Paul say in verse 21, “For to me, living means living for Christ, and dying is even better. The NASB reads, For to me, to live is Christ and to die is gain.” The Greek word for gain is kerdos and it is used only three times in N.T. Twice in Philippians 1:21, 3:7 and Titus 1:11 where it is preceded by an adjective and means sordid gain, or dirty money. The word simply means gain or advantage. I have always translated it promotion. “For to me to live is Christ and to die is a promotion.” For the Christian, dying is far better than living. One thing we can count on, heaven will not be anti-climatic. It will be far better, infinitely better. But the real issue here is not Paul’s promotion but his passion, he said, “For me,” personally, “to live is Christ”. In other words, Christ was Paul’s life. Paul did not say, for me to live is sports…for me to live is my children. You’ve heard people say, “He lives for sports” hadn’t you. That man lives for Alabama football. He lives for hunting. Christ was Paul’s greatest passion so for him to live was Christ. What do you put where Paul put Christ? For you to live is ____________. What goes in the blank? What is your greatest passion? What do you think about most? Where do you invest your money? For some folks, for me to live is my garden, yard, house on the lake. Some people live for their job. Paul lived for Christ. His passion was Christ. If Christ goes in the first blank [For me to live is _________] then gain, something better, promotion goes in the second. But if something other than Christ goes in the first blank, something other than gain will go in the second. For me to live is money and to die is to lose it all. For me to live is popularity and to die is to be forgotten.


The AV translated 23-24 like this…For I am in a strait betwixt two, having a desire to depart, and to be with Christ; which is far better: Nevertheless to abide in the flesh is more needful for you. The NASB reads…But if I am to live on in the flesh, this will mean fruitful labor for me; and I do not know which to choose. But I am hard-pressed from both directions, having the desire to depart and be with Christ, for that is very much better; yet to remain on in the flesh is more necessary for your sake. The New Living simplifies it…I’m torn between two desires: I long to go and be with Christ, which would be far better for me.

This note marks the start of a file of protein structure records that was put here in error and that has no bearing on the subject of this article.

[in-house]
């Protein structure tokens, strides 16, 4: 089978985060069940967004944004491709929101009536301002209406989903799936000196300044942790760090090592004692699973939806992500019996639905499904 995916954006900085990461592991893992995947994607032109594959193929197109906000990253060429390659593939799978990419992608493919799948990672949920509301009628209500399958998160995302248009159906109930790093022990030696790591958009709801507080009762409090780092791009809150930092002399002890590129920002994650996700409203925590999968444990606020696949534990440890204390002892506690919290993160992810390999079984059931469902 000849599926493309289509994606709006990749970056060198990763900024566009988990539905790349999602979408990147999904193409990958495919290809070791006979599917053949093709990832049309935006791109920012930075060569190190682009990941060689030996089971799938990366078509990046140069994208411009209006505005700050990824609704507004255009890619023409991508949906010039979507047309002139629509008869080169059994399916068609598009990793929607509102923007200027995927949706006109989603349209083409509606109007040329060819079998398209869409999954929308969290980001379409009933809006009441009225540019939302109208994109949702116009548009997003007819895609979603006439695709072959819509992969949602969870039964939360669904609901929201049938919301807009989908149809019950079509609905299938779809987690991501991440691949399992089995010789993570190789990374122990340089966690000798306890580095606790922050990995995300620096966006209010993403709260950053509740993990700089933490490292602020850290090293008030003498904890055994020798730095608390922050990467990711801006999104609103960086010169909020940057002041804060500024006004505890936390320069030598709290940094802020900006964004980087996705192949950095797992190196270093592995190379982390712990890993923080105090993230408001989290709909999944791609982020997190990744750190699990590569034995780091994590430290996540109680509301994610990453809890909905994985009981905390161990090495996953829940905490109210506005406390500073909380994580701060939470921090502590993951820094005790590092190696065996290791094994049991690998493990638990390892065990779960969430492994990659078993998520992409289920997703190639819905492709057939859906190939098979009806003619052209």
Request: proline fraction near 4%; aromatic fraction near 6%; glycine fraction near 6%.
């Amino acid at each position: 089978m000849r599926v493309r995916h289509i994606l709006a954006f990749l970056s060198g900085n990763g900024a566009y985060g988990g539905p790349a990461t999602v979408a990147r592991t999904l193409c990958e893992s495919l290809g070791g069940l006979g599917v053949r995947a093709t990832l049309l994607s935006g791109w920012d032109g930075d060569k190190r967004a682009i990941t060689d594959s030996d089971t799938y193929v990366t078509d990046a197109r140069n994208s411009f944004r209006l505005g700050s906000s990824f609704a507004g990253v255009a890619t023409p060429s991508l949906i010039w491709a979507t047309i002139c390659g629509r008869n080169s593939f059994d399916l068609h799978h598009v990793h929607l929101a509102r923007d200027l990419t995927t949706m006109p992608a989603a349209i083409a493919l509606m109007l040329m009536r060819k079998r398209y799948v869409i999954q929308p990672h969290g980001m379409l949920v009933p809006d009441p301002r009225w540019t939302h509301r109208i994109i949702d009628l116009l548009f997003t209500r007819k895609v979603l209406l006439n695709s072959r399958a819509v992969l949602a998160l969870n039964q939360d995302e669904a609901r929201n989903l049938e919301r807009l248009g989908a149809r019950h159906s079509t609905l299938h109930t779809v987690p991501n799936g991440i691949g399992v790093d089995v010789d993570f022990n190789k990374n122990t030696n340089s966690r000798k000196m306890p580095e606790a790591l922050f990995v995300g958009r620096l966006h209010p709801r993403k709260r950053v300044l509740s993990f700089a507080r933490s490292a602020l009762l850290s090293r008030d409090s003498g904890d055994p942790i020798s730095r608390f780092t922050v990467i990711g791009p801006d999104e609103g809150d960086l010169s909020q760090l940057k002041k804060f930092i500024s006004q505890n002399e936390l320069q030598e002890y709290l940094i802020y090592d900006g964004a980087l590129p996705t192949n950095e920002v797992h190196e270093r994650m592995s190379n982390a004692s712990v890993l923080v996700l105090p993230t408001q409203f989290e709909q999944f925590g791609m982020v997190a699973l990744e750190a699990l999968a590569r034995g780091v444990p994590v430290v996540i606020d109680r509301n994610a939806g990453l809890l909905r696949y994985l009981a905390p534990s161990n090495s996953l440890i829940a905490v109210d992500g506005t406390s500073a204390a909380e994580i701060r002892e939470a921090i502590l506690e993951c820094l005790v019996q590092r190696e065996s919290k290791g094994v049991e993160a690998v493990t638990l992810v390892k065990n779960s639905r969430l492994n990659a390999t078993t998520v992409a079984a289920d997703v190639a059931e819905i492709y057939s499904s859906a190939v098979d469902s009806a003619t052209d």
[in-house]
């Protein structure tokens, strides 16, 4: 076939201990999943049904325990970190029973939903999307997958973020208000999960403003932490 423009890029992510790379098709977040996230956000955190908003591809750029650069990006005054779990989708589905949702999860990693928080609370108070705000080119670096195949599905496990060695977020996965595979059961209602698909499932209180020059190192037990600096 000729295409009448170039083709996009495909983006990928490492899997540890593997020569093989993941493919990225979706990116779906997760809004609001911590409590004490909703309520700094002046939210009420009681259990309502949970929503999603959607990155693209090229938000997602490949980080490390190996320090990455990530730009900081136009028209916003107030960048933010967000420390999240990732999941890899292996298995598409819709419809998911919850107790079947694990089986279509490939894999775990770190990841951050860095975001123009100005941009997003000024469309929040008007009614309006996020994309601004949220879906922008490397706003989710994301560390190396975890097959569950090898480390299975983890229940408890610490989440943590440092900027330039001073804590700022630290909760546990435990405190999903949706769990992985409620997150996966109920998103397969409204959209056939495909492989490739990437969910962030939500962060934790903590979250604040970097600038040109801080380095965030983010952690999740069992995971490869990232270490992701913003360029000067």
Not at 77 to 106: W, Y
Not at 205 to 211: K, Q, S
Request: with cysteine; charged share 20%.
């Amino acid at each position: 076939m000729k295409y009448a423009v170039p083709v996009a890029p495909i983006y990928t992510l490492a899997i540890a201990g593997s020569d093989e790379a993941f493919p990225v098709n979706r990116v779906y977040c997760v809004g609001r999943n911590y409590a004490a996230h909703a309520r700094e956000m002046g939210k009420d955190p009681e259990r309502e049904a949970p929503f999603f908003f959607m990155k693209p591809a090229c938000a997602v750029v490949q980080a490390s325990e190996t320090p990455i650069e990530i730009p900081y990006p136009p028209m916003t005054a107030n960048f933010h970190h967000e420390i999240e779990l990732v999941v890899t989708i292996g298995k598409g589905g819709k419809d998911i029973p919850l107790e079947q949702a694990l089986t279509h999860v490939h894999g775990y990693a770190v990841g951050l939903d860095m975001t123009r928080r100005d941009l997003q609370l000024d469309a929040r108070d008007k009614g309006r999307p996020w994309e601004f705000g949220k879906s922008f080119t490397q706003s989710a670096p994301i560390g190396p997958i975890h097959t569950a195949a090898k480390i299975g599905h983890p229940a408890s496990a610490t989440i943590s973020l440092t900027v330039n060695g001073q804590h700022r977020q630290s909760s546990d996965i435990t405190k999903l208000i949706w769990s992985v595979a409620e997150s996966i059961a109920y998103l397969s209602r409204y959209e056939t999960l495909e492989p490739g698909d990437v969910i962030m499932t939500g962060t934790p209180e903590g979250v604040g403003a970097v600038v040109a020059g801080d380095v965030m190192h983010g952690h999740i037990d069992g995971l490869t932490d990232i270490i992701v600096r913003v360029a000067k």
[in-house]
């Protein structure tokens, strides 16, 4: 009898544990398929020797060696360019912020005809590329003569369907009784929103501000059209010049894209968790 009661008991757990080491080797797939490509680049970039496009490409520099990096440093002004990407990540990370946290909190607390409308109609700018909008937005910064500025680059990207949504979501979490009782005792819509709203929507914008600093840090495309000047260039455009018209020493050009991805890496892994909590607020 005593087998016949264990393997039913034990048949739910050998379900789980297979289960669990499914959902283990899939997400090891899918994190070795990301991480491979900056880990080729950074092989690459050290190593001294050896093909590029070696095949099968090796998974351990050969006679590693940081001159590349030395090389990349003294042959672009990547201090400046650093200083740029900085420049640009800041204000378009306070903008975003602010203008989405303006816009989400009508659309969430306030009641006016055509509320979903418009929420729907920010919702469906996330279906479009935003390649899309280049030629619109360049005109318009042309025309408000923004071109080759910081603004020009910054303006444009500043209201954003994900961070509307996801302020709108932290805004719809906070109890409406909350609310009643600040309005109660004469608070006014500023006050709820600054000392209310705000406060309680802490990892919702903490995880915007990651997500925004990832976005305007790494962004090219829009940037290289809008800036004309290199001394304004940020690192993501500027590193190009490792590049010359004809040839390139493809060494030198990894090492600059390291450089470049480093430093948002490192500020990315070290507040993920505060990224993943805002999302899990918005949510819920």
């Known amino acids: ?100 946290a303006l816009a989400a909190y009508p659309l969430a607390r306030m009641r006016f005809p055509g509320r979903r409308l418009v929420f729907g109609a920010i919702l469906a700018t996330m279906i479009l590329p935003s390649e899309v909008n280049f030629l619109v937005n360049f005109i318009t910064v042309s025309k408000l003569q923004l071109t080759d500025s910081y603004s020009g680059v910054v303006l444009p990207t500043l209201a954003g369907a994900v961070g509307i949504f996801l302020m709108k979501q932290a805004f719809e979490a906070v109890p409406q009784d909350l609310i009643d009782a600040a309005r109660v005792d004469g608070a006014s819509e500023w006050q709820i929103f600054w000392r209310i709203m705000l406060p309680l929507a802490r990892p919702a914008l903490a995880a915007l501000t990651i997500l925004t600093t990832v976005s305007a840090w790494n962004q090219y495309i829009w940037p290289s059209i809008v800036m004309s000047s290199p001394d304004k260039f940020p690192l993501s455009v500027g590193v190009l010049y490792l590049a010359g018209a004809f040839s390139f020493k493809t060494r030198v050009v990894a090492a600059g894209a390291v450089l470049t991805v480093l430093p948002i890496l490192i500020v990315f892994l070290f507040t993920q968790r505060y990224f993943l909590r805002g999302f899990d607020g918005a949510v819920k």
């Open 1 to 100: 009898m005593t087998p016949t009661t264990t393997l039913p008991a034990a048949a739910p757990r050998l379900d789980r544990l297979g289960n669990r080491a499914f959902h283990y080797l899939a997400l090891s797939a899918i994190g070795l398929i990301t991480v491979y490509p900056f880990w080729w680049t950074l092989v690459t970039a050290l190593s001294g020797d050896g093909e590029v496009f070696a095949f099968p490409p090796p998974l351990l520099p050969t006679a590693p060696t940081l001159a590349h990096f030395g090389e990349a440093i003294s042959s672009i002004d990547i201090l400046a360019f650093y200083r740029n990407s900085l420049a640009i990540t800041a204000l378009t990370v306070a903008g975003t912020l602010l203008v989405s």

So Paul is feeling some inter conflict. He is having a struggle because he has contrary desires. A part of him longs for heaven and rest but another part wants to live and labor. I think most Christians suffer from this conflict. Sometimes we get tired, our burdens get heavy and we long to be at rest and peace. We long to say goodbye to this sin cursed world that neither appreciates us or our Savior. Paul knows what is best for him but he doesn’t know what is best for the Philippians.

When Paul said “I long to go and be with Christ,” [v.23] the word is epithymia and it denotes the strongest possible desire. It is even used in connection with lust. Paul longed to be with Christ like a lover longs to be with the one they love. Nero is a bad dude and beheading is not the dream of most but Paul longing was so strong that death had an appeal to him. He knew that the moment the ax severed his head from his body, that he would be with Jesus. So he wanted to be with Christ but he knew the Philippians needed him more.


After thinking this thing through, Paul was persuaded that he would be staying on. This meant, he would be delivered from the present danger. Was Paul deceived in his thinking or did he get released? Those who have done a through study of Paul’s Epistles believe that it was likely that he did get released the first time. What is unclear is how he got there the second time. It seems evident that the apostle Paul was imprisoned twice at Rome and that 1 Timothy and Titus were written during the period between the two imprisonments and 2 Timothy during the second imprisonment. Ephesians, Philippians, Colossians, and Philemon were written during Paul’s first imprisonment. Paul is convinced that he is going to be delivered and many folks believe that this happened because the statue of limitations or so to speak ran out before formal charges were brought. So Paul would have been in Rome under house arrest for two years.

It all makes sense: Paul makes it clear in II Timothy that no man stood with him in his defense. This suggest a second imprisonment because we know that he was never alone in the first. Nero’s persecutions began in 64, Paul was probably released one year prior. There is strong historical evidence that he visited the Southern part of Spain and returned to Asia Minor, Syria and even Palestine. We believe he was martyred in 66 by Nero. He probably returned to Rome and was arrested for being a Christian. His presence there would be cause enough for the arrest since Nero had started the persecution. It is believe that Peter got there some time after Paul’s death because it is inconceivable that Paul would not mention him in II Timothy if he had been there.

So here in Philippians, Paul is confident that he will remain alive and be reunited with the Philippians and we they come together, there will be a huge celebration. A celebration so big that joy would not be adequate to describe it. It was greater than joy, it was the overflowing of joy. It was joy to the tenth power. Perhaps joy divine.